When you have a lemon, make lemonade. I embraced the crack, and using a fill stick, colored it black, to enhance it. Then, I traced it, and turned the tracing over to mirror image it, copied it to the opposite side. Since the top is a bookmatch, this would look like spalting.

I cut the tracing into the top with an xacto knife, and used the fill stick to blacken it. I'm still in the process of putting finish on it. I have to make sure that you can't feel anything in these spots, or it'll defeat the purpose.
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Diane Kauffmann
Country Roads Guitars
countryroadsguitars@gmail.com
TEETERFAN
Posts: 356
Joined: Fri Sep 07, 2018 12:43 pm
Location: Kansas City, MO

Re: 125th Anniversary Washburn

Post by TEETERFAN »

Pretty clever mirroring the crack! That is a gorgeous grain on that guitar, unfortunate about the sound. It will no doubt sound better without all those dead spaces between the parts and layers.
Kevin Doty
Kansas City
Diane Kauffmds
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Joined: Sun Mar 09, 2014 8:13 pm

Re: 125th Anniversary Washburn

Post by Diane Kauffmds »

I forgot to post about the sound...

After I did everything but the "hiding in plain sight" thing, he dropped off a Gibson. He played the Washburn.

It sounds totally different. He may not sell it now. Everything not making contact meant a lot of the vibration got lost instead of exciting air molecules in the guitar, therefore it sounded muffled.

Not anymore.
Diane Kauffmann
Country Roads Guitars
countryroadsguitars@gmail.com
carld05
Posts: 180
Joined: Mon Mar 19, 2012 4:19 pm
Location: Forest Ranch, CA

Re: 125th Anniversary Washburn

Post by carld05 »

Great save, Diane!
Diane Kauffmds
Posts: 3274
Joined: Sun Mar 09, 2014 8:13 pm

Re: 125th Anniversary Washburn

Post by Diane Kauffmds »

Thank you. I was rather surprised at the big difference in sound. I saw him yesterday, when he picked up his Gibson. He played the Washburn again (I'm still applying finish), and he's really shocked at the sound difference. I'll be done with it this week. I'm waiting for the finish to harden.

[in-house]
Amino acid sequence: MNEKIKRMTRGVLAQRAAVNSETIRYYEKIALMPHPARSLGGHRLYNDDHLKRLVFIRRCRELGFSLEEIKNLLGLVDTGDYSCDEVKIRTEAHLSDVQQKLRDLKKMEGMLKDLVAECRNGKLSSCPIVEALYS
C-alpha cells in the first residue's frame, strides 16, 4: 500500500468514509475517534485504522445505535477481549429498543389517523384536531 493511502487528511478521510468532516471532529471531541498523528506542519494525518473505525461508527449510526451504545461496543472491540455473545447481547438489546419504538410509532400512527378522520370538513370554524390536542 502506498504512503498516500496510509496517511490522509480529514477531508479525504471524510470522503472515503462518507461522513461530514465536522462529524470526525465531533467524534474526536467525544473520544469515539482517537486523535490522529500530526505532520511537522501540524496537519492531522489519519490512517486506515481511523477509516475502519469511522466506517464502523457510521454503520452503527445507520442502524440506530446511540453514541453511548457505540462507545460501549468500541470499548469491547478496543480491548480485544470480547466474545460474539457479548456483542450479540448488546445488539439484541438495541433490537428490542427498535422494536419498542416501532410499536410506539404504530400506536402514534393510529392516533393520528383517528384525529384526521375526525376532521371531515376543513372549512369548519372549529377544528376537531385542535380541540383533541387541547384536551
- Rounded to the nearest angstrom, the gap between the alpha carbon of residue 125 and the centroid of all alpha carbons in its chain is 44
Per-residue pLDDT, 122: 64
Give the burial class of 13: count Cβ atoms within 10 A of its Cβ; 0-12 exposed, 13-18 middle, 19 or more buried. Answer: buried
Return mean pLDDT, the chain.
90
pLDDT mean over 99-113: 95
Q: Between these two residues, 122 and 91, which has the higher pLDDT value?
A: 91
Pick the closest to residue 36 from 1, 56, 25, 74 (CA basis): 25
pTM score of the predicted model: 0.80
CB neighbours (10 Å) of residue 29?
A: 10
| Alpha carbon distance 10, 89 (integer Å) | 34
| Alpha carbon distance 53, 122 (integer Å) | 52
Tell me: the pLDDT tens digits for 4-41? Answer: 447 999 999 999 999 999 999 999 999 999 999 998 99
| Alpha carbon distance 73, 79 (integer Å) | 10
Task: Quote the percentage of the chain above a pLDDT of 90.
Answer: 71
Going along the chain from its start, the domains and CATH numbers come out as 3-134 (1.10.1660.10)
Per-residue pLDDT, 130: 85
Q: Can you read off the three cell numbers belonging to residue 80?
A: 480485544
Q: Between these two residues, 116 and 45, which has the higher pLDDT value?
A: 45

I'm still concerned about that belly, but the measurements have been consistent for 2 weeks, with the strings on, and in tune.
Diane Kauffmann
Country Roads Guitars
countryroadsguitars@gmail.com
MaineGeezer
Posts: 1727
Joined: Wed Aug 13, 2014 12:14 pm

Re: 125th Anniversary Washburn

Post by MaineGeezer »

There is no chance it's just a tight top radius by intent, I suppose?
Don't believe everything you know.
Anything is possible if you don't know what you are talking about.
When things are bad, try not to make them any worse, because it is quite likely they are bad enough already. - French Foreign Legion
Diane Kauffmds
Posts: 3274
Joined: Sun Mar 09, 2014 8:13 pm

Re: 125th Anniversary Washburn

Post by Diane Kauffmds »

MaineGeezer wrote: Sun May 21, 2023 3:48 pm There is no chance it's just a tight top radius by intent, I suppose?
It's a very good question, but no. It's asymmetrical, plus there's the beginning of a depression just above the bridge. It just developed in the past couple of months since the bridge started pulling up again according to the owner.
Diane Kauffmann
Country Roads Guitars
countryroadsguitars@gmail.com